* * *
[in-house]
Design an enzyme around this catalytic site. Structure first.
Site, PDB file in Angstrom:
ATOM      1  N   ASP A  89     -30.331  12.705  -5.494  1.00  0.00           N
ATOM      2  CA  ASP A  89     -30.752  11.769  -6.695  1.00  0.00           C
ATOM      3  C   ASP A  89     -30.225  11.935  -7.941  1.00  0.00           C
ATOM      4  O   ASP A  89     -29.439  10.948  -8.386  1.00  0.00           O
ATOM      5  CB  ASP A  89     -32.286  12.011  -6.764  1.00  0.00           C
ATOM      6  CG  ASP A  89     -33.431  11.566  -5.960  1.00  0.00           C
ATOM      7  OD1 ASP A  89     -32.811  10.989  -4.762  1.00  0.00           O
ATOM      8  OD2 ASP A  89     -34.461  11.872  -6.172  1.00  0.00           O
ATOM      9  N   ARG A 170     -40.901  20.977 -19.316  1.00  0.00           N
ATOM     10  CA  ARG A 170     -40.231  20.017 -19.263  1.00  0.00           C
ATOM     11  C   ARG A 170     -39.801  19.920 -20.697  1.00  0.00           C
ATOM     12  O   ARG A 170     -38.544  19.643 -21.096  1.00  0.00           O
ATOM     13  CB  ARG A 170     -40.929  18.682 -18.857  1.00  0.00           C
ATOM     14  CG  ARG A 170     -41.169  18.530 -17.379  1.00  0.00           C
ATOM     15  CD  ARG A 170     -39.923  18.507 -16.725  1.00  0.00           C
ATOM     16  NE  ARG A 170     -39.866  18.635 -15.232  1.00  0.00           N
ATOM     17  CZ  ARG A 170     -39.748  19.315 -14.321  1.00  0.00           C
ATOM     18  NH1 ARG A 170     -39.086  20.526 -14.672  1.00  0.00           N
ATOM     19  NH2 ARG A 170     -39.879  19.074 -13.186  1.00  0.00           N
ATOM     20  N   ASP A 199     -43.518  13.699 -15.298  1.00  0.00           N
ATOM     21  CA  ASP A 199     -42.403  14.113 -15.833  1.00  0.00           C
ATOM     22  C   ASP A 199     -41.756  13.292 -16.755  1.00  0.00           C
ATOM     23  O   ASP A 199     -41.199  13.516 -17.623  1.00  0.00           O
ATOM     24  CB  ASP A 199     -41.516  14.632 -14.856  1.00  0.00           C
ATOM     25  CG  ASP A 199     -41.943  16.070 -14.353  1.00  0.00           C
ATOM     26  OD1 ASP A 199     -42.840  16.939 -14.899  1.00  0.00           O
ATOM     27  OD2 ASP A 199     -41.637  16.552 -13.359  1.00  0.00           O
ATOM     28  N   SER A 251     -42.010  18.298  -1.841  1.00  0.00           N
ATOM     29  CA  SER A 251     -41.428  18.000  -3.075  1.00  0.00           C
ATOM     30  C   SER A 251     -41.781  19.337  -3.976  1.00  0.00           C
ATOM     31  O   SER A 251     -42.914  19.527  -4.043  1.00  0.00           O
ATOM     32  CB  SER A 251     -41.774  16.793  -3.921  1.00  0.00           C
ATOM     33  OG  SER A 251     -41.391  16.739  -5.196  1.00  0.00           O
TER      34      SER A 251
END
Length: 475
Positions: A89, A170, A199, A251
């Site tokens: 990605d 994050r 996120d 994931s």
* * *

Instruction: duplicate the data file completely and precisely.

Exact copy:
[in-house]
Design an enzyme around this catalytic site. Structure first.
Site, PDB file in Angstrom:
ATOM      1  N   ASP A  89     -30.331  12.705  -5.494  1.00  0.00           N
ATOM      2  CA  ASP A  89     -30.752  11.769  -6.695  1.00  0.00           C
ATOM      3  C   ASP A  89     -30.225  11.935  -7.941  1.00  0.00           C
ATOM      4  O   ASP A  89     -29.439  10.948  -8.386  1.00  0.00           O
ATOM      5  CB  ASP A  89     -32.286  12.011  -6.764  1.00  0.00           C
ATOM      6  CG  ASP A  89     -33.431  11.566  -5.960  1.00  0.00           C
ATOM      7  OD1 ASP A  89     -32.811  10.989  -4.762  1.00  0.00           O
ATOM      8  OD2 ASP A  89     -34.461  11.872  -6.172  1.00  0.00           O
ATOM      9  N   ARG A 170     -40.901  20.977 -19.316  1.00  0.00           N
ATOM     10  CA  ARG A 170     -40.231  20.017 -19.263  1.00  0.00           C
ATOM     11  C   ARG A 170     -39.801  19.920 -20.697  1.00  0.00           C
ATOM     12  O   ARG A 170     -38.544  19.643 -21.096  1.00  0.00           O
ATOM     13  CB  ARG A 170     -40.929  18.682 -18.857  1.00  0.00           C
ATOM     14  CG  ARG A 170     -41.169  18.530 -17.379  1.00  0.00           C
ATOM     15  CD  ARG A 170     -39.923  18.507 -16.725  1.00  0.00           C
ATOM     16  NE  ARG A 170     -39.866  18.635 -15.232  1.00  0.00           N
ATOM     17  CZ  ARG A 170     -39.748  19.315 -14.321  1.00  0.00           C
ATOM     18  NH1 ARG A 170     -39.086  20.526 -14.672  1.00  0.00           N
ATOM     19  NH2 ARG A 170     -39.879  19.074 -13.186  1.00  0.00           N
ATOM     20  N   ASP A 199     -43.518  13.699 -15.298  1.00  0.00           N
ATOM     21  CA  ASP A 199     -42.403  14.113 -15.833  1.00  0.00           C
ATOM     22  C   ASP A 199     -41.756  13.292 -16.755  1.00  0.00           C
ATOM     23  O   ASP A 199     -41.199  13.516 -17.623  1.00  0.00           O
ATOM     24  CB  ASP A 199     -41.516  14.632 -14.856  1.00  0.00           C
ATOM     25  CG  ASP A 199     -41.943  16.070 -14.353  1.00  0.00           C
ATOM     26  OD1 ASP A 199     -42.840  16.939 -14.899  1.00  0.00           O
ATOM     27  OD2 ASP A 199     -41.637  16.552 -13.359  1.00  0.00           O
ATOM     28  N   SER A 251     -42.010  18.298  -1.841  1.00  0.00           N
ATOM     29  CA  SER A 251     -41.428  18.000  -3.075  1.00  0.00           C
ATOM     30  C   SER A 251     -41.781  19.337  -3.976  1.00  0.00           C
ATOM     31  O   SER A 251     -42.914  19.527  -4.043  1.00  0.00           O
ATOM     32  CB  SER A 251     -41.774  16.793  -3.921  1.00  0.00           C
ATOM     33  OG  SER A 251     -41.391  16.739  -5.196  1.00  0.00           O
TER      34      SER A 251
END
Length: 475
Positions: A89, A170, A199, A251
């Site tokens: 990605d 994050r 996120d 994931s």